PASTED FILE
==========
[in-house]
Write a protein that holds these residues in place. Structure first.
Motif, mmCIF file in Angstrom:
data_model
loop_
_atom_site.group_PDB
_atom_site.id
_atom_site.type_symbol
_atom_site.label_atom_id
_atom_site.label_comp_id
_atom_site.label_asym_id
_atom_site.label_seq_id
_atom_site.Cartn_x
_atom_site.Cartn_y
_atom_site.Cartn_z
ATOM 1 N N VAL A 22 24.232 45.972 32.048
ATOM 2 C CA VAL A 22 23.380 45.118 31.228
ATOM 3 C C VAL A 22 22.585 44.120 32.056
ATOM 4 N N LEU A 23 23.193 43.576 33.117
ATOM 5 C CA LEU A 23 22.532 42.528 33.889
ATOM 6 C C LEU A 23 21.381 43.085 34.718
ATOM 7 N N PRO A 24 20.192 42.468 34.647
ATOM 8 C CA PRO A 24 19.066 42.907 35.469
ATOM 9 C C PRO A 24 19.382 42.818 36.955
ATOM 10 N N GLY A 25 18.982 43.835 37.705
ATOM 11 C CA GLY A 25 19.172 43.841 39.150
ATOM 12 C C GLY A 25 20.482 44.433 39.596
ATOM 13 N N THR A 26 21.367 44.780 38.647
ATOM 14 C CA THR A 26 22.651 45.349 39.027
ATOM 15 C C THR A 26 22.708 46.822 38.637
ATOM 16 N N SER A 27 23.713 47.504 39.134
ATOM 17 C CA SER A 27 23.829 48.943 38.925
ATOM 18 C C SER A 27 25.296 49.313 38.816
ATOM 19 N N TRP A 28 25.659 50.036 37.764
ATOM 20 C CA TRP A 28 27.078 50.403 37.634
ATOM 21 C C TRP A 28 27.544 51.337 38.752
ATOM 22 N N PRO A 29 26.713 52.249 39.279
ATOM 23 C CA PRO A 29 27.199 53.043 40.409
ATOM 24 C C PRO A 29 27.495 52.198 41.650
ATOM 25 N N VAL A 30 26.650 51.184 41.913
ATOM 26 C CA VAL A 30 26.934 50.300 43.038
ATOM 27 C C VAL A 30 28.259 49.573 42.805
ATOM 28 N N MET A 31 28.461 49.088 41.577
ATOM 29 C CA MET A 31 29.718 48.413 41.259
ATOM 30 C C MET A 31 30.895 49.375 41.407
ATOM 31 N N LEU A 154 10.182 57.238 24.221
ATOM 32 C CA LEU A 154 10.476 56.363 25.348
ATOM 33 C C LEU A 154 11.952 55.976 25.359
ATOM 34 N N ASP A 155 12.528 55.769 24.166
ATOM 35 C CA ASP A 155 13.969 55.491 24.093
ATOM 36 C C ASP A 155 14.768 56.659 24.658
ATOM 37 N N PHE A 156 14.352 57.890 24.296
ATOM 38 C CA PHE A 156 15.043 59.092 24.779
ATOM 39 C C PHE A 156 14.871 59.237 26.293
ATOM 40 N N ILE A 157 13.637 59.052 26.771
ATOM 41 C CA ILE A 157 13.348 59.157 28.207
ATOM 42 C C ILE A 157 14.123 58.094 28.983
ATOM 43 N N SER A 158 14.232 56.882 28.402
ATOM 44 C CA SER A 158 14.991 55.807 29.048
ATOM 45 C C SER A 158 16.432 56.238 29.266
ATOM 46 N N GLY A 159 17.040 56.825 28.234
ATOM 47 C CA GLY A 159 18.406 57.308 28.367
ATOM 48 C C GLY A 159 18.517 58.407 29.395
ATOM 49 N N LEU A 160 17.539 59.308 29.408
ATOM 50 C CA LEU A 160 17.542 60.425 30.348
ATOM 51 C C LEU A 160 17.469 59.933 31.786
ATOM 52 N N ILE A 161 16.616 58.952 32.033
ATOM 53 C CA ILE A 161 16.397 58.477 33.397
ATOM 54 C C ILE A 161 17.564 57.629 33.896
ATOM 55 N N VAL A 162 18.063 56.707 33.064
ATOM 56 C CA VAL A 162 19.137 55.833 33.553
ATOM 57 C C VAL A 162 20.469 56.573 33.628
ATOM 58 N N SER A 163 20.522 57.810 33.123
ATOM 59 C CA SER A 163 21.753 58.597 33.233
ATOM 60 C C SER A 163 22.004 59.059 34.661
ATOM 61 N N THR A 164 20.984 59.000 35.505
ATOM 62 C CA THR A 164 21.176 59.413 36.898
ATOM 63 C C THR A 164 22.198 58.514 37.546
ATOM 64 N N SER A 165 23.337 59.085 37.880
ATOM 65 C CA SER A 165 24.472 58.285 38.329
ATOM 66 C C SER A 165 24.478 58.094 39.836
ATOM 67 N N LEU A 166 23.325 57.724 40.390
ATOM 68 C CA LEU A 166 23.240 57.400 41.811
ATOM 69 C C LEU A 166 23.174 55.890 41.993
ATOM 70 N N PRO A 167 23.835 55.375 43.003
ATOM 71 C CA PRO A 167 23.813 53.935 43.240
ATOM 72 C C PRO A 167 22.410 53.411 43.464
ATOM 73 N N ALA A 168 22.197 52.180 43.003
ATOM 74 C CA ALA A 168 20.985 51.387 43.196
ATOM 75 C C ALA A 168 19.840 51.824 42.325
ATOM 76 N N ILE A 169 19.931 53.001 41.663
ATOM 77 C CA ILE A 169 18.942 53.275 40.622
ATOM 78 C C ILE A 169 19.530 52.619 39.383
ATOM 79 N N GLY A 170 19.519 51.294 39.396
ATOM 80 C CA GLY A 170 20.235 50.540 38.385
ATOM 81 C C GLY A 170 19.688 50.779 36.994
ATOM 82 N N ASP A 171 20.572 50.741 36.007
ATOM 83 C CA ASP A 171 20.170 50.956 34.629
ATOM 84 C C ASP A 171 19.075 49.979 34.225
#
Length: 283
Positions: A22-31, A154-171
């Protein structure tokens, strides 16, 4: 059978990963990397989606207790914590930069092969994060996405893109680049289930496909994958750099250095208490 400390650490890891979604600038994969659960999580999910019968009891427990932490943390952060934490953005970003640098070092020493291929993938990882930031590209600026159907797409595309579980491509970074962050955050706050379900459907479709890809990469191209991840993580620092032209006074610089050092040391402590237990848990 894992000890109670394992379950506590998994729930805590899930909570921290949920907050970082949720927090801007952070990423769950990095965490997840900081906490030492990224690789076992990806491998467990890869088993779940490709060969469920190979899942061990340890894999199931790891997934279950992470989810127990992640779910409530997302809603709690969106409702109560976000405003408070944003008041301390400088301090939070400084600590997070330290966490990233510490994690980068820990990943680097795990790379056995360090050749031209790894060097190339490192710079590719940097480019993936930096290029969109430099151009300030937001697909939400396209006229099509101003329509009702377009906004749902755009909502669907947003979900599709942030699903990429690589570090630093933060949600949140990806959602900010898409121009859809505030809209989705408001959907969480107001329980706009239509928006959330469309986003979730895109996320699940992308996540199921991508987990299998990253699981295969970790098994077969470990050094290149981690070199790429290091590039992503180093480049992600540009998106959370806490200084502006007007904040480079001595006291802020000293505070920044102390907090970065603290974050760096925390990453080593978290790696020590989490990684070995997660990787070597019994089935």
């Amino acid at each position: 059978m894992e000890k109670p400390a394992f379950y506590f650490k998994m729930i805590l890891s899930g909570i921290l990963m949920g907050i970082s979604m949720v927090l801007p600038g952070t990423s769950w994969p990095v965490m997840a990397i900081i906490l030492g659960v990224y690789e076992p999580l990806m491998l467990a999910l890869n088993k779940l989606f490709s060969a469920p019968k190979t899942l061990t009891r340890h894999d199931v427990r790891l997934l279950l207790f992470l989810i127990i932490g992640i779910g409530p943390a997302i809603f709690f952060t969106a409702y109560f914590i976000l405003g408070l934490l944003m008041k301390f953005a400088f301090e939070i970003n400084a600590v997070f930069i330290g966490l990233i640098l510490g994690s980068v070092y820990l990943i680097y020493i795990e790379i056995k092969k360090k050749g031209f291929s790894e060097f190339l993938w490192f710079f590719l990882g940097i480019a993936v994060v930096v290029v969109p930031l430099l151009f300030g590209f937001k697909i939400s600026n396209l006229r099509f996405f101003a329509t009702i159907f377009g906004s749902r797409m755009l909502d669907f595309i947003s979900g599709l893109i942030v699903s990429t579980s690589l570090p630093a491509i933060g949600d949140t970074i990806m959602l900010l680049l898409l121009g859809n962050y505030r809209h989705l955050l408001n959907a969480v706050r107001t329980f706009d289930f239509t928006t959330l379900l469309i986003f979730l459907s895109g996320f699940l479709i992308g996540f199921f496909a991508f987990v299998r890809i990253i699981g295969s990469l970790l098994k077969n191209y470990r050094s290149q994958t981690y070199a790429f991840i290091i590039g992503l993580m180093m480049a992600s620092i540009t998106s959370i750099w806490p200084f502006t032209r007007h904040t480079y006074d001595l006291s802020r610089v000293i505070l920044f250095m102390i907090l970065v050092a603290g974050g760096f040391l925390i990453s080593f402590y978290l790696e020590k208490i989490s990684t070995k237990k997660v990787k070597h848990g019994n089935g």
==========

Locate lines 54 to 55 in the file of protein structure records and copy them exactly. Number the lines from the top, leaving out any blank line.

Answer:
ATOM 39 C C PHE A 156 14.871 59.237 26.293
ATOM 40 N N ILE A 157 13.637 59.052 26.771